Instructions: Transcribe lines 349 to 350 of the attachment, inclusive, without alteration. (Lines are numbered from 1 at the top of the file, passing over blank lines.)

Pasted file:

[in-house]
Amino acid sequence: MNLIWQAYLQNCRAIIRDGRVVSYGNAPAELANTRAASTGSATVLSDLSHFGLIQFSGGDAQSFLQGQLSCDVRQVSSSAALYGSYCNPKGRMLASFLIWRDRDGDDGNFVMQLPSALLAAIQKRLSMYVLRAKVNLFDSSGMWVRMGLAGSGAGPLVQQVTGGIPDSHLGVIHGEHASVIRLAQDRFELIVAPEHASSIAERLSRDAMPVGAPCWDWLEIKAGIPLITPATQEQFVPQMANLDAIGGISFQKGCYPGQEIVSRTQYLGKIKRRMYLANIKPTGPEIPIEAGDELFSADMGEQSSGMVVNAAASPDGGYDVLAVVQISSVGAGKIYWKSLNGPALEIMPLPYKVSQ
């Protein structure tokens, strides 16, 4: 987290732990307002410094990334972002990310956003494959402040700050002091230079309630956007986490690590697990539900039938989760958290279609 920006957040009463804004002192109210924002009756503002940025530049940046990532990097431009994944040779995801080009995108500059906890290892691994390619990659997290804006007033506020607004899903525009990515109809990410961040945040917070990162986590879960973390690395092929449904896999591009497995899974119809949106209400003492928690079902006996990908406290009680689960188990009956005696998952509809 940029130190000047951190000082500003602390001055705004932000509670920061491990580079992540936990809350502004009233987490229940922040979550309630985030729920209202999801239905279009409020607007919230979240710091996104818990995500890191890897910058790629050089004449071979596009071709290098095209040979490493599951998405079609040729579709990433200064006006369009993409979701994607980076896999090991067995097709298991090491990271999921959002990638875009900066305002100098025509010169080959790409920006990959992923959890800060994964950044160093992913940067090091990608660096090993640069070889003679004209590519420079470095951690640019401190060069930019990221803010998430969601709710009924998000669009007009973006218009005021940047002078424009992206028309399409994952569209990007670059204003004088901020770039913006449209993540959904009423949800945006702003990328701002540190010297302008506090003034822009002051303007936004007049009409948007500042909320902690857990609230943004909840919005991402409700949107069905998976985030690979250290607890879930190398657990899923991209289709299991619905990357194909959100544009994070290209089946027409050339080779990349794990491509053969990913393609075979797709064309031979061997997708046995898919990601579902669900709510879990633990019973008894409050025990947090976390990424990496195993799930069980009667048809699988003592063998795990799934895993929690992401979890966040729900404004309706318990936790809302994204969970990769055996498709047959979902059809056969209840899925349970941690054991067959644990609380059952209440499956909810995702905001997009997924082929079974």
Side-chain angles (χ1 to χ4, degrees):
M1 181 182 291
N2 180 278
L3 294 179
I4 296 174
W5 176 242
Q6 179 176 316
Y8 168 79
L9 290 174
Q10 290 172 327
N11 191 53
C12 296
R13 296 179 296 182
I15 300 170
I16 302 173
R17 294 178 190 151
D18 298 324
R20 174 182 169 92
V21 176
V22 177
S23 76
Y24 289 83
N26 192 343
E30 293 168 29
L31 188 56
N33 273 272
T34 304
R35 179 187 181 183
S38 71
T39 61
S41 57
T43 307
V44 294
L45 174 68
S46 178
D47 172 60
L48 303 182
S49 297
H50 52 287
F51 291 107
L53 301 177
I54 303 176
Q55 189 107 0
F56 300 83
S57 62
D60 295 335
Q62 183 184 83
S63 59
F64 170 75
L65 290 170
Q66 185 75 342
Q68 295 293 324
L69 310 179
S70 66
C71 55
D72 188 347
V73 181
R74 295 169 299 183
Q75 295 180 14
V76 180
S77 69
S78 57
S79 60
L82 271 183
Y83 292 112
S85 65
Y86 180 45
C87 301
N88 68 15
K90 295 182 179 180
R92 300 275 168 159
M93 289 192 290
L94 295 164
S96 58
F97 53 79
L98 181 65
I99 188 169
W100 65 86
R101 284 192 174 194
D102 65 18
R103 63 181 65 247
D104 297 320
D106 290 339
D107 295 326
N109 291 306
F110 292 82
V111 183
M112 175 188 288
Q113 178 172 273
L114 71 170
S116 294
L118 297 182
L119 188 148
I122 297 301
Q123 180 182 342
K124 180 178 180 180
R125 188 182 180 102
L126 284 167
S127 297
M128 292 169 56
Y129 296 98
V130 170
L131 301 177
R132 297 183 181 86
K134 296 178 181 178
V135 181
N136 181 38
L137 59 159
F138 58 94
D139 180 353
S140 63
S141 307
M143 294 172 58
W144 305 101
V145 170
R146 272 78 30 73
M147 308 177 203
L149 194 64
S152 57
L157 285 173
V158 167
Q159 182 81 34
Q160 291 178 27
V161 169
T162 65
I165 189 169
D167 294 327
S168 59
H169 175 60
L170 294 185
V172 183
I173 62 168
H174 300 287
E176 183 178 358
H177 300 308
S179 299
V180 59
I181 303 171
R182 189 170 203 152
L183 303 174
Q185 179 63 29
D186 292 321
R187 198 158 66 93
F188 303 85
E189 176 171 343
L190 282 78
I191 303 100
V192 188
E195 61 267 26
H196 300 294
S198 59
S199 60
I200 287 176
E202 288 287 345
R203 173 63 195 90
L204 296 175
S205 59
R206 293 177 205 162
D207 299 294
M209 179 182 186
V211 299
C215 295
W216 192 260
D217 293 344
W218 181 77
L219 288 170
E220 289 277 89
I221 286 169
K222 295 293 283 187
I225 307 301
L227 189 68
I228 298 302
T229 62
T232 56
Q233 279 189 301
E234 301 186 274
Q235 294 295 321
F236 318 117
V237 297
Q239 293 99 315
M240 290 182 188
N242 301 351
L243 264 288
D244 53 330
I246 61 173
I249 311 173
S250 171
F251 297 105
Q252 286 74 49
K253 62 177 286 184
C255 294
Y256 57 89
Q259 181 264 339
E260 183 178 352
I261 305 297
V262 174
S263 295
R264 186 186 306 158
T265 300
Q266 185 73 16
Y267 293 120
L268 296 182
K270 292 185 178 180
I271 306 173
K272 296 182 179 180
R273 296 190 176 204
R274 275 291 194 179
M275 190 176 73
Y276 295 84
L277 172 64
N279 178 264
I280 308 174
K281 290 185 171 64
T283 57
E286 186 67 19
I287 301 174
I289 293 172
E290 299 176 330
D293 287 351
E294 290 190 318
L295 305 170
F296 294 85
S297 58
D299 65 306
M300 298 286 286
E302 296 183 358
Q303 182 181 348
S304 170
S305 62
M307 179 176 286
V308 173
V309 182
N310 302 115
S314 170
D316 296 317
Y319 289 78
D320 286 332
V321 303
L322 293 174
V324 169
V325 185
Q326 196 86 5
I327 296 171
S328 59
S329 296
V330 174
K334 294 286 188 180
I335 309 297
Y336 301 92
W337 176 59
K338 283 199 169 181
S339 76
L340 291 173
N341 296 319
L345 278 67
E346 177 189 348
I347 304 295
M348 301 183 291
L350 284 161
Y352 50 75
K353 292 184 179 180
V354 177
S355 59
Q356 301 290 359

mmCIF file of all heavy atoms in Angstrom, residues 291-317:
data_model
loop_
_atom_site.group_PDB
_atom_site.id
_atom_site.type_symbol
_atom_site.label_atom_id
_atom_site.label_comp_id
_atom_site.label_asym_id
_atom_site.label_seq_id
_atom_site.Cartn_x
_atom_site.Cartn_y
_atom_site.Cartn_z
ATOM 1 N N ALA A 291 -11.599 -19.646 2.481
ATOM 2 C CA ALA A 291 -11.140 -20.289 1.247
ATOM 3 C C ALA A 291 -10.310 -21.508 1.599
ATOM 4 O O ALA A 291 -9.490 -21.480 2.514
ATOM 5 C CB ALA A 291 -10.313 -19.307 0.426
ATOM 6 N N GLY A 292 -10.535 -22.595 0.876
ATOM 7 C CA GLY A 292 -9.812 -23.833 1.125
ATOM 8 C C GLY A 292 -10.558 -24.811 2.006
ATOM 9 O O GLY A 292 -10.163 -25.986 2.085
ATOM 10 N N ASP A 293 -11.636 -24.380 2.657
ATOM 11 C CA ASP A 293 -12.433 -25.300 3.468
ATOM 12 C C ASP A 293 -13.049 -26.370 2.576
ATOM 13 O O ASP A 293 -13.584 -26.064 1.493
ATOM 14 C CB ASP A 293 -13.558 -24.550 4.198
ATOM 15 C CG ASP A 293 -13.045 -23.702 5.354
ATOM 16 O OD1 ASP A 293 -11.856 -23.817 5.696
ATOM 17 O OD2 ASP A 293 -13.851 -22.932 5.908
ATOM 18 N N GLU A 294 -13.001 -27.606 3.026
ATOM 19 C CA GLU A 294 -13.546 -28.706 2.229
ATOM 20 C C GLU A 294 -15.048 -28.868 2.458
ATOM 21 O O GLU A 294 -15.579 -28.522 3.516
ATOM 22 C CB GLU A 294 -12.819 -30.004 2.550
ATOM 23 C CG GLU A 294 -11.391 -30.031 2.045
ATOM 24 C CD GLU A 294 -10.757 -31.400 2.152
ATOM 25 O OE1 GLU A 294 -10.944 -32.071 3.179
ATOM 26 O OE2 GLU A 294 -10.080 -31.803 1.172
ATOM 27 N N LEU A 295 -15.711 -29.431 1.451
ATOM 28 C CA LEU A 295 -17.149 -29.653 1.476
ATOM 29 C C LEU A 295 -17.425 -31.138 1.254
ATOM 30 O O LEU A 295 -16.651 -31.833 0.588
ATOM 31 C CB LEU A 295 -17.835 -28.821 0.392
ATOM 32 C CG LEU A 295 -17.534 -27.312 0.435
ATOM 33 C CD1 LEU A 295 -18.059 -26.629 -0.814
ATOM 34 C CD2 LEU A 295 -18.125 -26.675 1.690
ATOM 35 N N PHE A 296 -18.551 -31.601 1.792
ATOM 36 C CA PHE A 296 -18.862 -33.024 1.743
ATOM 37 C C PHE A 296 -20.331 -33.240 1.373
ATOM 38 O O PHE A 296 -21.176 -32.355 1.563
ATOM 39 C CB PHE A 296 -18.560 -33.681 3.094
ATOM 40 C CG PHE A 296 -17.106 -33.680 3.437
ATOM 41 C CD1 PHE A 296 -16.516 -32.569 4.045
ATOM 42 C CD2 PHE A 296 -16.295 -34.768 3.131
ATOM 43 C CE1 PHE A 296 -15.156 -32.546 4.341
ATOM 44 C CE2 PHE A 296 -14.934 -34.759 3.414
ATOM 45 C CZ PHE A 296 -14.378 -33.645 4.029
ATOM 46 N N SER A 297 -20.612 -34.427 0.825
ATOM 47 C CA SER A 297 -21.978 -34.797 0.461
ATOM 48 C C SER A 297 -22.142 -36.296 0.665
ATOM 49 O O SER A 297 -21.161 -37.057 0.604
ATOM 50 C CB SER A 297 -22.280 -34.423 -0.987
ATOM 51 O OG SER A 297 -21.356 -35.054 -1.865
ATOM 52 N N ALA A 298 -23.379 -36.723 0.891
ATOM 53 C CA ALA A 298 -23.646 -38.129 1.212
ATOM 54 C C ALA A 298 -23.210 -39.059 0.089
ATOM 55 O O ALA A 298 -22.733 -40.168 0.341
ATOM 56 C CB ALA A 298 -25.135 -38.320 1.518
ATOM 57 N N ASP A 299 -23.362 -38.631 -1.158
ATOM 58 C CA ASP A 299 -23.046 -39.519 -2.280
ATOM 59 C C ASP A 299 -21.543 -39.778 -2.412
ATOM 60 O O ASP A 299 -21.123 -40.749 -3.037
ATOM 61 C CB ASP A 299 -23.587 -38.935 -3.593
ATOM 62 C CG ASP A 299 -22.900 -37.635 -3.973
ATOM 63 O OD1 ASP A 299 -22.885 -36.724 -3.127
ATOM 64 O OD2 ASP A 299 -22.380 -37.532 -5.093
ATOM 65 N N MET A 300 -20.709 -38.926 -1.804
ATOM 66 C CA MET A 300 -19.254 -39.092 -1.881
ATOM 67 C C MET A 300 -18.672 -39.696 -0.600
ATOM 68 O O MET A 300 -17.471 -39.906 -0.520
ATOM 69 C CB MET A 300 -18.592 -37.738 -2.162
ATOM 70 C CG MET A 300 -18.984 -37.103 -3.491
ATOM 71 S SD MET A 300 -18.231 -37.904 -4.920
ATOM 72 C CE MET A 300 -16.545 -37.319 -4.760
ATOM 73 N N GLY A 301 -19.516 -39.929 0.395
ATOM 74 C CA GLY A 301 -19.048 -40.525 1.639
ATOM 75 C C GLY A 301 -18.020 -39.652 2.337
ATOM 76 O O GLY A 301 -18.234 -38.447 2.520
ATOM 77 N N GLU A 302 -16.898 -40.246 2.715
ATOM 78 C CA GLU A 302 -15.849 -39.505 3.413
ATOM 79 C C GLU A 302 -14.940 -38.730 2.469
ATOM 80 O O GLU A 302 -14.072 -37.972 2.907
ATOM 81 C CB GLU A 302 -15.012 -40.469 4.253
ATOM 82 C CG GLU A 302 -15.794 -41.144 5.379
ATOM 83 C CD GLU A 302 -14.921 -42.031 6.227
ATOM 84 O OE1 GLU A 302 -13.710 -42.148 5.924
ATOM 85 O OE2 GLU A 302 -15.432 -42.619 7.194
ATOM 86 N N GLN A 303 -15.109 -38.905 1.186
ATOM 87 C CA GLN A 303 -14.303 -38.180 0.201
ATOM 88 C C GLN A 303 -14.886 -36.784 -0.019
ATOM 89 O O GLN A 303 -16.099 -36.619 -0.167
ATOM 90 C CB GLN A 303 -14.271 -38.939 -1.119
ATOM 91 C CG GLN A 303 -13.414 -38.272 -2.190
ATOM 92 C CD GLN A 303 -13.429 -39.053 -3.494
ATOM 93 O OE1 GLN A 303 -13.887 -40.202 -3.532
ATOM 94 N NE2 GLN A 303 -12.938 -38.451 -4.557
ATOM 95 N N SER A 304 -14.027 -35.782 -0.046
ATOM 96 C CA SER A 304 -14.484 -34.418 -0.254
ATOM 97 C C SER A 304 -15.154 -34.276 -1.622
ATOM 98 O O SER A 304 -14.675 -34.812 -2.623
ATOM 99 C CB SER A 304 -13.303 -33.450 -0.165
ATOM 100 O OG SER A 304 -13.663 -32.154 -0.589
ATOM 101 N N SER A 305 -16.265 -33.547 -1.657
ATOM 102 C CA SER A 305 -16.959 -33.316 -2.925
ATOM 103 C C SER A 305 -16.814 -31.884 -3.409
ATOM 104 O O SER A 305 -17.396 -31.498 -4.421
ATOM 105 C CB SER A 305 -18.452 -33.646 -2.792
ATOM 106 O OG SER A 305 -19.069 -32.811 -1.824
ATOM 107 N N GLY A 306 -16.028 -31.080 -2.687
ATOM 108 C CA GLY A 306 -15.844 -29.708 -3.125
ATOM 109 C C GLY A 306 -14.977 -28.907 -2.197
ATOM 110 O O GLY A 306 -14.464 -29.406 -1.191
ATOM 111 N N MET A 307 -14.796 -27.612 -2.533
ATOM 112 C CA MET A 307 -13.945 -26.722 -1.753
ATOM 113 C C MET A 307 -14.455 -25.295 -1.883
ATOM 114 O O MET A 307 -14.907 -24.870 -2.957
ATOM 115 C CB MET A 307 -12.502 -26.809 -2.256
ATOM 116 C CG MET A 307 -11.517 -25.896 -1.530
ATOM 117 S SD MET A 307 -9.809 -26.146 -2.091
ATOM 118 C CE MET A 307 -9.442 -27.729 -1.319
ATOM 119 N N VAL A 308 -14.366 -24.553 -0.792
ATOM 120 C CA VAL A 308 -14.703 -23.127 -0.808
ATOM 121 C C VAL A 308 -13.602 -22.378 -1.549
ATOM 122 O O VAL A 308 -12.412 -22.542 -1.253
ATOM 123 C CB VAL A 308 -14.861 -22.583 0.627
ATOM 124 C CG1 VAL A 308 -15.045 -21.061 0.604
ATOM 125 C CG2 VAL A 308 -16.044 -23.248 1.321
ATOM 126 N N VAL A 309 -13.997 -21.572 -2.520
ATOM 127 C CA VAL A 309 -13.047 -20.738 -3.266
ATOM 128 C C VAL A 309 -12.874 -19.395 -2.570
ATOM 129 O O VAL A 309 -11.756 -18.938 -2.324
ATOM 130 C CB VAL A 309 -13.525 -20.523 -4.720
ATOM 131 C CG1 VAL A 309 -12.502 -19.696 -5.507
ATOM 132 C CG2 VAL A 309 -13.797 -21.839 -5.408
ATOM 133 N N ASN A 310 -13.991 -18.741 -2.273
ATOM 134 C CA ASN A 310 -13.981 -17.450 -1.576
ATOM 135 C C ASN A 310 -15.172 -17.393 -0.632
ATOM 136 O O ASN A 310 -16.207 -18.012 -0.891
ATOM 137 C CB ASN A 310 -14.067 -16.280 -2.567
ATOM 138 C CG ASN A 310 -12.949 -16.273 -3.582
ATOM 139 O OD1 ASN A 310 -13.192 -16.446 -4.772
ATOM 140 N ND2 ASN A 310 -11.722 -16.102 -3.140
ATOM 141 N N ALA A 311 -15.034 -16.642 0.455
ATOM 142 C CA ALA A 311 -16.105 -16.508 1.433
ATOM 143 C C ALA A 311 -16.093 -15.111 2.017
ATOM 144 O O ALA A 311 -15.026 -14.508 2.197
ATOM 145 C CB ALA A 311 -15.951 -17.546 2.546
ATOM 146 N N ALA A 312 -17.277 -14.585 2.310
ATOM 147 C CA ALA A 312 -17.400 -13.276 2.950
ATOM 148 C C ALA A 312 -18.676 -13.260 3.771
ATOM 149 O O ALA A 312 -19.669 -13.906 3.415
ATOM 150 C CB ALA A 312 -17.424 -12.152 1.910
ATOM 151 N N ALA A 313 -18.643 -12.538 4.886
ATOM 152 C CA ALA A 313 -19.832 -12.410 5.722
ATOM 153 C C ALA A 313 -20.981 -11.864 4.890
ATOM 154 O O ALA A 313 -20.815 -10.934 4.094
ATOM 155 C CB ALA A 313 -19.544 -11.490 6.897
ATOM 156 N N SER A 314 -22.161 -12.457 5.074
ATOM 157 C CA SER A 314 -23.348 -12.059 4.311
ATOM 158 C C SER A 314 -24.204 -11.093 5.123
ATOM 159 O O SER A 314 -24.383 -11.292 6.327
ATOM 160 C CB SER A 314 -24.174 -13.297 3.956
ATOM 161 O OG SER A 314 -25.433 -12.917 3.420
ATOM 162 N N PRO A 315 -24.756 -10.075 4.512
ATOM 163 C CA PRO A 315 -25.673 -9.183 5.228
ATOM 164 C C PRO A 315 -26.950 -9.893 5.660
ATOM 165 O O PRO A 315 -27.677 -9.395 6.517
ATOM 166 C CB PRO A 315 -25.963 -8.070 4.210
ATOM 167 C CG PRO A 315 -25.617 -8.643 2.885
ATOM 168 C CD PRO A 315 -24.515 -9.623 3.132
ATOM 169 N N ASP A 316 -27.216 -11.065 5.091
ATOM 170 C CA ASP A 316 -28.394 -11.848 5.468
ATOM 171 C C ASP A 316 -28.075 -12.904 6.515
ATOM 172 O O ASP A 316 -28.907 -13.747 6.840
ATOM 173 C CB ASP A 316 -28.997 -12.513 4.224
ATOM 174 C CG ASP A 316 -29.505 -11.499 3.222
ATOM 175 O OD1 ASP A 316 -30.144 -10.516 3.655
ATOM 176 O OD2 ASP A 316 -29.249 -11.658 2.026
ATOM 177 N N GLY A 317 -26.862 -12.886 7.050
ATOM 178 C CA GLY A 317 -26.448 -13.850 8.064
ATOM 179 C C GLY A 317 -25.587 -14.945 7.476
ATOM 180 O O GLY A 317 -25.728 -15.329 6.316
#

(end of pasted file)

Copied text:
ATOM 69 C CB MET A 300 -18.592 -37.738 -2.162
ATOM 70 C CG MET A 300 -18.984 -37.103 -3.491